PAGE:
December 11, 2012
By Scottie Thomaston
With Prop 8 and DOMA headed to the Supreme Court, the Obama administration will be in Court making arguments against Section 3 of DOMA and for a heightened level of judicial scrutiny for laws that impact gays and lesbians. At the same time, Ted Olson and David Boies will be making many of the same arguments to the Court in Perry, the Prop 8 challenge. President Obama has endorsed marriage equality personally but he has yet to comment on the Prop 8 challenge or the possibility of having marriage equality affirmed by the Supreme Court.
In the two cases, the opponents of marriage equality defend their position using the same justifications: responsible procreation, child-rearing, proceeding with caution, upholding traditional values. The Justice Department has made good arguments as to why those are not enough to uphold Section 3 of DOMA. The Obama administration could speak out on the Prop 8 case in court by filing an amicus curiae (“friend of the court”) brief in support of the plaintiffs and perhaps noting its position that laws impacting gays and lesbians warrant heightened scrutiny.
Courage Campaign has launched a petition asking President Obama to do just that.
President Obama has said same-sex marriage is fine by him, but the Supreme Court will consider a more fundamental issue than that: whether a state ban on same-sex marriage violates the guarantee of Equal Protection under the U.S. Constitution. And so it’s time for President Obama and his Department of Justice to weigh in. This is important for a few simple reasons, Adam:
#1: Ted Olson says it is(1). In comments on Friday’s decision, Olson said:
“I would hate to predict what the United States government is doing, but given the stand the president of the United States and the attorney general of the United States made with respect to marriage equality, we would certainly hope that they would participate…I think that, given the position that the government has taken in the DOMA cases and the reasoning that they have used in filing their brief would apply with great effect in our case, the Perry case, as well.”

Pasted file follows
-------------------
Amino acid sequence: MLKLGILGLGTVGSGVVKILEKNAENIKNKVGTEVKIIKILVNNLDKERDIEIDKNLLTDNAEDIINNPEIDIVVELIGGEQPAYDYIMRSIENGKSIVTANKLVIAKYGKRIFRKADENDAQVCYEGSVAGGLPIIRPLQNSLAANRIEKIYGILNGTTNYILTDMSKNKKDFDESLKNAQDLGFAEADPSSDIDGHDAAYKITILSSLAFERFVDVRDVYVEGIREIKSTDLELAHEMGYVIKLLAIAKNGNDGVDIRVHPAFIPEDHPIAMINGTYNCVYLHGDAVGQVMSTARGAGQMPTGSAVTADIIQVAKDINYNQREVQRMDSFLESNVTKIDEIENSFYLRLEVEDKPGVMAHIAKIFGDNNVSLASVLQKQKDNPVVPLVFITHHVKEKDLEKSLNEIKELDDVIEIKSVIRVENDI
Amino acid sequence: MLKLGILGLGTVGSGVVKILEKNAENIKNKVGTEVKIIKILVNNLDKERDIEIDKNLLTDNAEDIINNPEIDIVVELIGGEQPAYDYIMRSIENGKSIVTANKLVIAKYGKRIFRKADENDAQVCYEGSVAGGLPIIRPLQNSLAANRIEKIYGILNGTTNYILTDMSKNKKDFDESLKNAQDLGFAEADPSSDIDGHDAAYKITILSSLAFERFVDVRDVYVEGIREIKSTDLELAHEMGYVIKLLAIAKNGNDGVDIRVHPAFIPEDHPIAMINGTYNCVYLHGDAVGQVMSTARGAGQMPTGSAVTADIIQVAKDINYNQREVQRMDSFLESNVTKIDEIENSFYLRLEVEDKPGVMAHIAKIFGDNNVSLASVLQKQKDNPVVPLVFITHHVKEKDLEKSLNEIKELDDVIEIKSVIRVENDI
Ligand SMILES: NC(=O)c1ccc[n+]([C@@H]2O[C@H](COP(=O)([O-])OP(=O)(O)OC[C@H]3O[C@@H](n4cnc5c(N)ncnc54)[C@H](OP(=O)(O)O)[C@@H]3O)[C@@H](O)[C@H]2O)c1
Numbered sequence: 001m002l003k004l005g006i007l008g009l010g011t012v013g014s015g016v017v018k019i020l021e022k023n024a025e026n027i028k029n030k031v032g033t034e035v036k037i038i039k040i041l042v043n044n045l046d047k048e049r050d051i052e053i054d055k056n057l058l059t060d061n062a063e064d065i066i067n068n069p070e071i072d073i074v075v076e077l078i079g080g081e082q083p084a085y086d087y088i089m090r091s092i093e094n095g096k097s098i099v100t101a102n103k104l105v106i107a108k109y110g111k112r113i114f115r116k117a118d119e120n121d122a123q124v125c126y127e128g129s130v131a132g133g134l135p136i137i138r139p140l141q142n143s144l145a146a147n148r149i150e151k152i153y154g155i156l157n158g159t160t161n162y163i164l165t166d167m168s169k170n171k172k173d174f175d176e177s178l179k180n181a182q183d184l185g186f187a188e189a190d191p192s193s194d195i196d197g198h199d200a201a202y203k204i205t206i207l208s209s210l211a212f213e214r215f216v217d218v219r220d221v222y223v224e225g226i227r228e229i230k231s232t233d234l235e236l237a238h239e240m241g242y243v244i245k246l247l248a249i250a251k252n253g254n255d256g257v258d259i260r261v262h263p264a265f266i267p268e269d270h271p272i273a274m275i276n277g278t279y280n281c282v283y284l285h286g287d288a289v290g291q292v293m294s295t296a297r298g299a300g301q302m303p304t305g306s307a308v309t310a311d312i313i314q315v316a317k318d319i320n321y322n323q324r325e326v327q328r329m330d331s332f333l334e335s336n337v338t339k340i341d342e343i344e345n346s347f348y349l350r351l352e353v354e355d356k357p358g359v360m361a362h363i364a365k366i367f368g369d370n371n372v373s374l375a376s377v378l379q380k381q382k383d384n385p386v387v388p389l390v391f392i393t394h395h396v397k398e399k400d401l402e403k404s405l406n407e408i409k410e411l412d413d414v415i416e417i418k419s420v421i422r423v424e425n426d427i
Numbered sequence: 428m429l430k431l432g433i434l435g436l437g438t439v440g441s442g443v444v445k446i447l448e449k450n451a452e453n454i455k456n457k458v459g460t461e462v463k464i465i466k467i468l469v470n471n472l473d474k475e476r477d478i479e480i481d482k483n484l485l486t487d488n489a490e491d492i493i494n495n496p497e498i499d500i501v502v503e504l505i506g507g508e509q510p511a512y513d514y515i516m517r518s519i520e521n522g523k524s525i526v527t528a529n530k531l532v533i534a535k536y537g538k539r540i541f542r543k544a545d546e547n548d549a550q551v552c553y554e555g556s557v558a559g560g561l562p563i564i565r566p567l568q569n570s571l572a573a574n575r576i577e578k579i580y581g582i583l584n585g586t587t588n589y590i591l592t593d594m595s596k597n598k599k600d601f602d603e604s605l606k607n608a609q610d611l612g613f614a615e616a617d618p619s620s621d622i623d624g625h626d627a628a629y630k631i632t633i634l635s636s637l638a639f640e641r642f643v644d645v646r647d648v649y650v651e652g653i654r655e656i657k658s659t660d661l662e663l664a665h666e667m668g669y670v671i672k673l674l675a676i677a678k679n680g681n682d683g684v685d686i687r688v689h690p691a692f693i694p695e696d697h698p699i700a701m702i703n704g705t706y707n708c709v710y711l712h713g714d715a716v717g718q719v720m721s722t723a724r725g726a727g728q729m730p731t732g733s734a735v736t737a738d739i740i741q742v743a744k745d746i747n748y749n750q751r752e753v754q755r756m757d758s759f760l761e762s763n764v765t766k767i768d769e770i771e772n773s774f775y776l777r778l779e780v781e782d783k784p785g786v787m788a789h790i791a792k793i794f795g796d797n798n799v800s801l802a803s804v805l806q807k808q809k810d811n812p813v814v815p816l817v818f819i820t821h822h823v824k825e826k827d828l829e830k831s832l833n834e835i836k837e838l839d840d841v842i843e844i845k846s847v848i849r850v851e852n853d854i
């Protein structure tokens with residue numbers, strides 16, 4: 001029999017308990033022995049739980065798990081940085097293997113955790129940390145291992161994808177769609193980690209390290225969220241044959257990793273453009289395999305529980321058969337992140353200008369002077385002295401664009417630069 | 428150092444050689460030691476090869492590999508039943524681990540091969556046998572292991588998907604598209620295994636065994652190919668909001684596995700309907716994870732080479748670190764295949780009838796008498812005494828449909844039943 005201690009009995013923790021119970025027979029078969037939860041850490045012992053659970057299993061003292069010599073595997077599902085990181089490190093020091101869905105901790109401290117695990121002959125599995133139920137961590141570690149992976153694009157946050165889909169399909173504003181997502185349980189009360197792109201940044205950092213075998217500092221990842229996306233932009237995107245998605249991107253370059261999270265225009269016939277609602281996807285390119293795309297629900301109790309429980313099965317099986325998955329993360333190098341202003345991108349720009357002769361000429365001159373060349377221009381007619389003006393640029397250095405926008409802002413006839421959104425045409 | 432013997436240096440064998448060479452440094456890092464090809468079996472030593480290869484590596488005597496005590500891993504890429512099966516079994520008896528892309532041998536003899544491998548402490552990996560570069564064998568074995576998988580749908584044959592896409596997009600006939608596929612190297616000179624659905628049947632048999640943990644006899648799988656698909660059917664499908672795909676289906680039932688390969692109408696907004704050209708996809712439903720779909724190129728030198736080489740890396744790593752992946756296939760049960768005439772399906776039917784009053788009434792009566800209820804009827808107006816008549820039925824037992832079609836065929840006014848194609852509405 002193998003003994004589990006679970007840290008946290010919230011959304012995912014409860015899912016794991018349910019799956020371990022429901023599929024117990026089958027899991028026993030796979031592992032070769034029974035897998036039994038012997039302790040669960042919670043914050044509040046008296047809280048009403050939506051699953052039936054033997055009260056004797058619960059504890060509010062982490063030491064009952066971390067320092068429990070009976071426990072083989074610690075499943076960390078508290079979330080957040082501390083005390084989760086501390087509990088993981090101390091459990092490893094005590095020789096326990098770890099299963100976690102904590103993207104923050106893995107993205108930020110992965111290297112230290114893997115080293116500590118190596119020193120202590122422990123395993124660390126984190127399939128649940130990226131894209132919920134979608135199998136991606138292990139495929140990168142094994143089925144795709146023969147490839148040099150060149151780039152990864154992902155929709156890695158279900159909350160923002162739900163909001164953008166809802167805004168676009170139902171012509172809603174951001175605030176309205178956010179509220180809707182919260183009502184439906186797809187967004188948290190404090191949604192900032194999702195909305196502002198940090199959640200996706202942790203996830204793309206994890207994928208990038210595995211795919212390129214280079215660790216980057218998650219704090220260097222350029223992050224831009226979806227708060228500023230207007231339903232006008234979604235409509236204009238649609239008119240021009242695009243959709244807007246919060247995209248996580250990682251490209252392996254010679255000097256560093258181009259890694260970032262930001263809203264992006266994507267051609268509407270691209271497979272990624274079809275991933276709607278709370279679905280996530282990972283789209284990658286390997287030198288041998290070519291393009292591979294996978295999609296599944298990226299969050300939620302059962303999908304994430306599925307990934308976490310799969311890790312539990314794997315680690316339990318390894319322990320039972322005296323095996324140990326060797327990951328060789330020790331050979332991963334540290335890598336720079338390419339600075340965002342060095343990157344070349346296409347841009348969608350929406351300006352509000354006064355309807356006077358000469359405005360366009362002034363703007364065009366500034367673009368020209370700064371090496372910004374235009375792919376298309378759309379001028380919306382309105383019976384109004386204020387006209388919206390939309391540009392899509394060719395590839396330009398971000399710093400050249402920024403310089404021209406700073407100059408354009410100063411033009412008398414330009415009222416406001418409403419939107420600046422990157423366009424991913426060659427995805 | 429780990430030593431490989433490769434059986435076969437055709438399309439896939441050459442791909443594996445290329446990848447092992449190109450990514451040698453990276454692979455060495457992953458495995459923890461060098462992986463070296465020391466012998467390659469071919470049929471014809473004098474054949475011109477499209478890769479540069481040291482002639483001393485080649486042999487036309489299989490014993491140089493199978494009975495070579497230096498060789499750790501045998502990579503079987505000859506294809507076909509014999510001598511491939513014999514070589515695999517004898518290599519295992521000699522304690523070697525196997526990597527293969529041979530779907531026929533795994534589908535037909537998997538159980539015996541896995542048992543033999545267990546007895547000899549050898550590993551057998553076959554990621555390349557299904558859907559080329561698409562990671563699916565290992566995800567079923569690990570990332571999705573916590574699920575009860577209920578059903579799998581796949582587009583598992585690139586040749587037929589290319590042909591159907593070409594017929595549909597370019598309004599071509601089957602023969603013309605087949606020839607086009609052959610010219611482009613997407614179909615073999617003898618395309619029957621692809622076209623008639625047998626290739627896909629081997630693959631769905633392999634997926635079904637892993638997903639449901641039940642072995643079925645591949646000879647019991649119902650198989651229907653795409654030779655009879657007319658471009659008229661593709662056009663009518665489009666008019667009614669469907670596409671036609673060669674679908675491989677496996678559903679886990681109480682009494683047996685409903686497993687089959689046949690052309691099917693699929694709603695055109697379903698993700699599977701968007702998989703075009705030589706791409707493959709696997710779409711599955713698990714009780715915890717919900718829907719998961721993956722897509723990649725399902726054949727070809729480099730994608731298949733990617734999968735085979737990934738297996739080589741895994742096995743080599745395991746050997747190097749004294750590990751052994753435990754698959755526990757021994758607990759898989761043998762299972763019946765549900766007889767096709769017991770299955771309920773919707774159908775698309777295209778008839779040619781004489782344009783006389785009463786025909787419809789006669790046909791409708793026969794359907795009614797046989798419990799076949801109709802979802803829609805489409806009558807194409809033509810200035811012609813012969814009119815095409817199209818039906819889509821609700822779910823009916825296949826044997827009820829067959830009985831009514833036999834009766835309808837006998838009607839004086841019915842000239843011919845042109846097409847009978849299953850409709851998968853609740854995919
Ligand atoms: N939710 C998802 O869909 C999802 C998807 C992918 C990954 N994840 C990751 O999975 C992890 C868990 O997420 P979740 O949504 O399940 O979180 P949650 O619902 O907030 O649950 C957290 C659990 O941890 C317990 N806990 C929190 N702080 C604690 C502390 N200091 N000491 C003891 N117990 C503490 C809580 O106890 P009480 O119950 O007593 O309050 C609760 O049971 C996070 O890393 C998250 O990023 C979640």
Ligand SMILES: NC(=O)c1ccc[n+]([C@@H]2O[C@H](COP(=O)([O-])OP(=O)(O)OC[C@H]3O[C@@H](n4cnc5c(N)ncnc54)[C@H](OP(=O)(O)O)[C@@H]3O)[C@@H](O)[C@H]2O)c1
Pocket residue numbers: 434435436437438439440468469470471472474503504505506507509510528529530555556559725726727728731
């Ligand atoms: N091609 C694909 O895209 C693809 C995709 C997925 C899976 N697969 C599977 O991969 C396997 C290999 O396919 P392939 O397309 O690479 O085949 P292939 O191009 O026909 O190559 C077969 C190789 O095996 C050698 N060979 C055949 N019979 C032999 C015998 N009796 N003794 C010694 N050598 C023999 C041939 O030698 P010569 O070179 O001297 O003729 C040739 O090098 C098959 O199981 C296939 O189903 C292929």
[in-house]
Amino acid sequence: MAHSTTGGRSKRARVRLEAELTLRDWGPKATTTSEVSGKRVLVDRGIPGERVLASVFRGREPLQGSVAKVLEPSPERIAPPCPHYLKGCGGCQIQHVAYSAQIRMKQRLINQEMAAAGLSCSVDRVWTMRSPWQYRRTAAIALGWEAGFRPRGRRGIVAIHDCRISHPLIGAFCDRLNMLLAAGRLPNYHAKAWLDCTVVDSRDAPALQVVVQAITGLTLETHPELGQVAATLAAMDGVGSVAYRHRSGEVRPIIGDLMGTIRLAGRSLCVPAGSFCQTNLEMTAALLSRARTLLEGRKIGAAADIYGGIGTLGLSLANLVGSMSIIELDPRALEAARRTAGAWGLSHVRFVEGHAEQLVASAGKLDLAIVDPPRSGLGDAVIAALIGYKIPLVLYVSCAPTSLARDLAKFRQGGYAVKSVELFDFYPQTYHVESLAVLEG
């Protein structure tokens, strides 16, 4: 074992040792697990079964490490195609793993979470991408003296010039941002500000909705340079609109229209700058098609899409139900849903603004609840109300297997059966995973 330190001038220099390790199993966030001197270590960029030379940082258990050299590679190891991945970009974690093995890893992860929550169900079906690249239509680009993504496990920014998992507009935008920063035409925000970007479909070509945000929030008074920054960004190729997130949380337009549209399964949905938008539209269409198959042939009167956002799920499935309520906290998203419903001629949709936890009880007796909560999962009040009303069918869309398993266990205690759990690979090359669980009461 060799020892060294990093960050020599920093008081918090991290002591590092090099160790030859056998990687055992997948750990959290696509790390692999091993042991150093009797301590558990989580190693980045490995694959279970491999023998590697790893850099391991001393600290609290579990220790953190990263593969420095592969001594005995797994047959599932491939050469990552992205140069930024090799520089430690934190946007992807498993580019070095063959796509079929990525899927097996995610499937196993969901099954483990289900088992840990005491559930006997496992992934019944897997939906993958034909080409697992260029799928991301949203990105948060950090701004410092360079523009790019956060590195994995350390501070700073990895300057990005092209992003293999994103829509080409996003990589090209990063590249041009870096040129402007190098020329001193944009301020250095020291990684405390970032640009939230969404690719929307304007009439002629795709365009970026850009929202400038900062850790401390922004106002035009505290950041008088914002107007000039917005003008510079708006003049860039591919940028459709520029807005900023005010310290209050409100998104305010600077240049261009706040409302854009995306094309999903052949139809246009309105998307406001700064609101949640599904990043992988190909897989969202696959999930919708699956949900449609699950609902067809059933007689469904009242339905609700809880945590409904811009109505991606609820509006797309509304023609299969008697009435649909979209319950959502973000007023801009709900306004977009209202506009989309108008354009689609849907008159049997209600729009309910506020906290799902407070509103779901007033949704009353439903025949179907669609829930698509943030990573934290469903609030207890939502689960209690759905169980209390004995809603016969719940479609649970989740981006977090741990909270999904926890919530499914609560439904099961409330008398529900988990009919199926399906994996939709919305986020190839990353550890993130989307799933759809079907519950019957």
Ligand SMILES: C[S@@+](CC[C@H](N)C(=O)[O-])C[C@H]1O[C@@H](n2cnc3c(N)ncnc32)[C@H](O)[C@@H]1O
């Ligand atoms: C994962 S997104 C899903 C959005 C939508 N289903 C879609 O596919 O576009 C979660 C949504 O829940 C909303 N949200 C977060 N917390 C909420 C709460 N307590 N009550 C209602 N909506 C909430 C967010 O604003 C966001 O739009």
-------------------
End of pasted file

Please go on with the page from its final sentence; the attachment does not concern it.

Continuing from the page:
#2: The Supreme Court listens to what the Administration says. The Supreme Court frequently asks the Administration to give its views in many different cases. Taking action could help influence the Supreme Court to “go broad” and strike down same-sex marriage bans nationwide.
#3: Doing so would help increase the level of public support for same-sex marriage. Many legal scholars say the Supreme Court never wants to get out ahead of the states. Our job as advocates is to show the Supreme Court that the public is with us. Right now, a bare majority of Americans support same-sex marriage. If the Department of Justice tells the Supreme Court it believes banning same-sex marriage is unconstitutional, it will make headlines nationwide and keep the numbers moving in the right direction.
On Friday, the White House and the Department of Justice refused to comment on the Administration’s views concerning Proposition 8(2). Not good enough. We need our “fierce advocate” in the White House to do right by the LGBT community, and take this simple, but hugely important, action.
Click here to add your name to our petition urging President Obama and the Department of Justice: make your voice heard on same-sex marriage as the Supreme Court prepares to consider the case of the century. We can’t afford a loss.
Thanks for all you’re doing,
Chair and Founder, Courage Campaign